Editor's note: This opinion piece by Scott O'Connor, son of former U.S. Supreme Court Justice Sandra Day O'Connor, was originally published March 31. Sandra Day O'Connor, the first woman to serve on the Supreme Court, died Friday at age 93.
I like to think Sandra Day O’Connor was a pretty good judge. After all, she raised me. With help from Dad, of course.
She had an uncanny sense of what it is to be American, full of optimism and possibilities, yet with a yearning to be of service to others in meaningful ways. Her story is legend, growing up on a vast cattle ranch in the desert, 20 miles from the nearest town, yet ending up as the most powerful woman in the U.S. government by age 51, as an associate justice of the U.S. Supreme Court.
Unlike her colleagues, Mom had served in all three branches of government in her home state of Arizona, giving her keen insight into what goes on under the hoods of our political institutions. She believed in those institutions and traveled the nation to make speeches at law school dedications and college graduations, explaining to her audiences how the court worked.
After a while the demand to meet her and hear her grew to include the rest of the world. She became an ambassador for the Rule of Law, particularly in the years after the fall of the Berlin Wall, as a board member of the Central and Eastern European Law Initiative (CEELI) for more than 15 years, helping emerging democracies write new legal systems with the assistance of volunteer lawyers from the United States.
CEELI volunteers quickly learned that one of the most difficult concepts to convey to their counterparts was of a free and independent judiciary to protect constitutional rights of the people. This growing awareness informed Mom’s sense that typical Americans take this for granted, unaware of how dependent our judiciary is on public trust in their institutions.
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Mom championed judicial independence
One of the first initiatives Mom pursued upon retirement from the high court in 2006 was to raise awareness of the need for judicial independence, free of interference from the legislative and executive branches. She had just witnessed members of Congress and even the president trying to engage in the resolution of a right-to-die case out of Florida, involving Terri Schiavo, substituting their own judgment for that of the judicial system, which was handling the case, even if not to the complete satisfaction of every voter.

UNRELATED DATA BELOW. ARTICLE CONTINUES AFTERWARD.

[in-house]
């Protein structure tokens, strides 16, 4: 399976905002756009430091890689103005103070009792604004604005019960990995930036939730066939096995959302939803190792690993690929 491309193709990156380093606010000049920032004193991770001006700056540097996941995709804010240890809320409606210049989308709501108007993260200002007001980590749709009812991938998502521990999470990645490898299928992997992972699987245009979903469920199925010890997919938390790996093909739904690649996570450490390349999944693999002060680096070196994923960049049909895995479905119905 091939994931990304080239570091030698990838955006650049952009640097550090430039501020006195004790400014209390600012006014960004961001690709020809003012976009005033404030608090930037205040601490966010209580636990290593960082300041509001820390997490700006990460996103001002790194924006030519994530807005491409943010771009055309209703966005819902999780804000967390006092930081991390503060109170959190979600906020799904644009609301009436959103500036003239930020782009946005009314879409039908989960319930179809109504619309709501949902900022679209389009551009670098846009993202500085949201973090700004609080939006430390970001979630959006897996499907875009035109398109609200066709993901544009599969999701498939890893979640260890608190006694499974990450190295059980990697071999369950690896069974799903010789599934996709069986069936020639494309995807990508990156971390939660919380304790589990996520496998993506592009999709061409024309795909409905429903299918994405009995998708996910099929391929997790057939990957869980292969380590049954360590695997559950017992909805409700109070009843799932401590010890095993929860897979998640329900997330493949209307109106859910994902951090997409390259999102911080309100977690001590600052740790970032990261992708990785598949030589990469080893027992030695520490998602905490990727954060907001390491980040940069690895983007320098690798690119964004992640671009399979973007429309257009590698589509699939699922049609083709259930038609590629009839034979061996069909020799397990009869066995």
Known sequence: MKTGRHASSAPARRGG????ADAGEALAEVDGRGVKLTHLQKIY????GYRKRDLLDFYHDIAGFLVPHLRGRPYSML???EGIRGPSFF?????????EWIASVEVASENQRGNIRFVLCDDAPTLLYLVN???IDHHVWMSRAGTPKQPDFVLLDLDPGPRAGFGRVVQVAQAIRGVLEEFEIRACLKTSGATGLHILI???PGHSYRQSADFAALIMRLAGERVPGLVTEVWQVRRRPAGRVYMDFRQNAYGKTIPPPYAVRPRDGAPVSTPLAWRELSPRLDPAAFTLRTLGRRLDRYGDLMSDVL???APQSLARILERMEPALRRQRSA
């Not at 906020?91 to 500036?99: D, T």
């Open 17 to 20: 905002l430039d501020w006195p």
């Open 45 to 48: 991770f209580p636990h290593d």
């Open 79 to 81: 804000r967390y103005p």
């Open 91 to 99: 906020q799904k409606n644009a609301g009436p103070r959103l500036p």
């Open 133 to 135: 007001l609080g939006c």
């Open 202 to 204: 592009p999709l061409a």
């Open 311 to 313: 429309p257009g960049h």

Judges don’t get all their decisions right but do so most of the time. This is a much better system than judges who decide cases in favor of the side with the larger bribe, as happens in some countries.
I didn’t agree with all of Mom’s Supreme Court opinions. Neither did the pundits, who were maddened by her unpredictability and sometimes conflicting rationales, but I trusted that she was taking each case with an open mind and paying close attention to the facts, the law and the consequences of the decision the court would reach.
This was true even with the case she most regretted having to decide at all, Bush v. Gore, knowing that no matter what the court decided, the decision would be reviled by roughly half the nation. Her greater concern in Bush v. Gore was for the reputation of the court itself. Would public opinion be so hostile as to weaken the public’s trust in this revered branch of government?
Mom was right to be concerned, as public perception of the court did take a hit, as it did again last year with the Dobbs v. Jackson Women's Health Organization decision, overturning 50 years of abortion jurisprudence.
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As citizens come to believe that cases are decided based more on the judge’s politics than the facts and the law, that fragile foundation of trust in our courts erodes. Fervent partisans demand that their president, of either party, fill court vacancies with like-minded partisans, rather than jurists known more for their fairness and wisdom than their politics.